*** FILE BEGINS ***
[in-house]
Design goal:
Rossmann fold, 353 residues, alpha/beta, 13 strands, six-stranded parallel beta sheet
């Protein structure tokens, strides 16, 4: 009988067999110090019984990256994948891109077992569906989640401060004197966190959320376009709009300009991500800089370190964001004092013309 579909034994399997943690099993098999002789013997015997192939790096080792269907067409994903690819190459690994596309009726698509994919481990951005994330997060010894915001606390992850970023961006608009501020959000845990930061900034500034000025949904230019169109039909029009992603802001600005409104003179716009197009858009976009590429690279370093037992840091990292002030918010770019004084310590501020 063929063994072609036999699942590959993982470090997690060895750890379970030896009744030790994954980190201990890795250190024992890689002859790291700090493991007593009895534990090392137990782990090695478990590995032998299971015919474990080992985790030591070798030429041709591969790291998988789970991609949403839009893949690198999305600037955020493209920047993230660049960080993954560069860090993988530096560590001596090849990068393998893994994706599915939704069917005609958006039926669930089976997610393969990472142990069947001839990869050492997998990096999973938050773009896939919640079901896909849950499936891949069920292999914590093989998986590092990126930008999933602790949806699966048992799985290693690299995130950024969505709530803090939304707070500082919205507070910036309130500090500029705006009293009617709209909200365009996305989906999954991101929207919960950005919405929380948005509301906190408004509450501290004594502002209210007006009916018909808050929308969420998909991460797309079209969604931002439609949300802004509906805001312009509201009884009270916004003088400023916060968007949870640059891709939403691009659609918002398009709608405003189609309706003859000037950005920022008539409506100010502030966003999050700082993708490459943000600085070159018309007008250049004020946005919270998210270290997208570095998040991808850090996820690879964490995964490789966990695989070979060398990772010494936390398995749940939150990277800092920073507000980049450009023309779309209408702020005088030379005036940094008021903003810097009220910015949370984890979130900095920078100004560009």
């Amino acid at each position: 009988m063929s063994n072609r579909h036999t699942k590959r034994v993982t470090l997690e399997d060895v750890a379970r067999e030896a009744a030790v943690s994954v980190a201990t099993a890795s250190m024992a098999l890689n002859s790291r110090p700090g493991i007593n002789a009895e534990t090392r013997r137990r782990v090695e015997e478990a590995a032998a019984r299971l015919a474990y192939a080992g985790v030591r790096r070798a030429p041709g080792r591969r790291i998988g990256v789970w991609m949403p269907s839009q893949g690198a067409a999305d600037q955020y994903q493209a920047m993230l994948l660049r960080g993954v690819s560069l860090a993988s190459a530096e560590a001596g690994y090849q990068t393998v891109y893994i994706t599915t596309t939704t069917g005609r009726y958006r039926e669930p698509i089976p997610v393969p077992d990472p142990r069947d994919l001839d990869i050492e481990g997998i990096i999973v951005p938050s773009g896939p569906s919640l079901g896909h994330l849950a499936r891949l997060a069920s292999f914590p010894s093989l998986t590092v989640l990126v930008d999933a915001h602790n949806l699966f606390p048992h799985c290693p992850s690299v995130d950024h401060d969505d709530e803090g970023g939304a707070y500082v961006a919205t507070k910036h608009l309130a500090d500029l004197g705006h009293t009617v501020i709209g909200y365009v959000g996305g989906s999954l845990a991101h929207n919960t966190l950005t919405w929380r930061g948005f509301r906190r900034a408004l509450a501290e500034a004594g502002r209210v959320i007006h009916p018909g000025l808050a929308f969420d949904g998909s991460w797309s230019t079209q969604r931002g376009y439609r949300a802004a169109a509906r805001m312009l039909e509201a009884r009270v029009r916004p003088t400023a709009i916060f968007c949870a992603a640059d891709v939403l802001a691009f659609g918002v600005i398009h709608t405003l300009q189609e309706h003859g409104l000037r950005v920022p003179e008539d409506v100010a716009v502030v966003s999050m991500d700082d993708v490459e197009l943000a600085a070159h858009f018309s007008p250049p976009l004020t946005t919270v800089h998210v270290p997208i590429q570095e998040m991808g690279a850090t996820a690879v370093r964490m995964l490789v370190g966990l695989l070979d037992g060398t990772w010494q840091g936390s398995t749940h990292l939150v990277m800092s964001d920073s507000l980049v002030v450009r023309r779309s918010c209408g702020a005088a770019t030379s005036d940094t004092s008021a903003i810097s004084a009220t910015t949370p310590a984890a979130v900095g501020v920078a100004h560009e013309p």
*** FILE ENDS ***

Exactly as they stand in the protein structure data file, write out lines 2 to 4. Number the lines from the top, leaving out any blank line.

Design goal:
Rossmann fold, 353 residues, alpha/beta, 13 strands, six-stranded parallel beta sheet
């Protein structure tokens, strides 16, 4: 009988067999110090019984990256994948891109077992569906989640401060004197966190959320376009709009300009991500800089370190964001004092013309 579909034994399997943690099993098999002789013997015997192939790096080792269907067409994903690819190459690994596309009726698509994919481990951005994330997060010894915001606390992850970023961006608009501020959000845990930061900034500034000025949904230019169109039909029009992603802001600005409104003179716009197009858009976009590429690279370093037992840091990292002030918010770019004084310590501020 063929063994072609036999699942590959993982470090997690060895750890379970030896009744030790994954980190201990890795250190024992890689002859790291700090493991007593009895534990090392137990782990090695478990590995032998299971015919474990080992985790030591070798030429041709591969790291998988789970991609949403839009893949690198999305600037955020493209920047993230660049960080993954560069860090993988530096560590001596090849990068393998893994994706599915939704069917005609958006039926669930089976997610393969990472142990069947001839990869050492997998990096999973938050773009896939919640079901896909849950499936891949069920292999914590093989998986590092990126930008999933602790949806699966048992799985290693690299995130950024969505709530803090939304707070500082919205507070910036309130500090500029705006009293009617709209909200365009996305989906999954991101929207919960950005919405929380948005509301906190408004509450501290004594502002209210007006009916018909808050929308969420998909991460797309079209969604931002439609949300802004509906805001312009509201009884009270916004003088400023916060968007949870640059891709939403691009659609918002398009709608405003189609309706003859000037950005920022008539409506100010502030966003999050700082993708490459943000600085070159018309007008250049004020946005919270998210270290997208570095998040991808850090996820690879964490995964490789966990695989070979060398990772010494936390398995749940939150990277800092920073507000980049450009023309779309209408702020005088030379005036940094008021903003810097009220910015949370984890979130900095920078100004560009």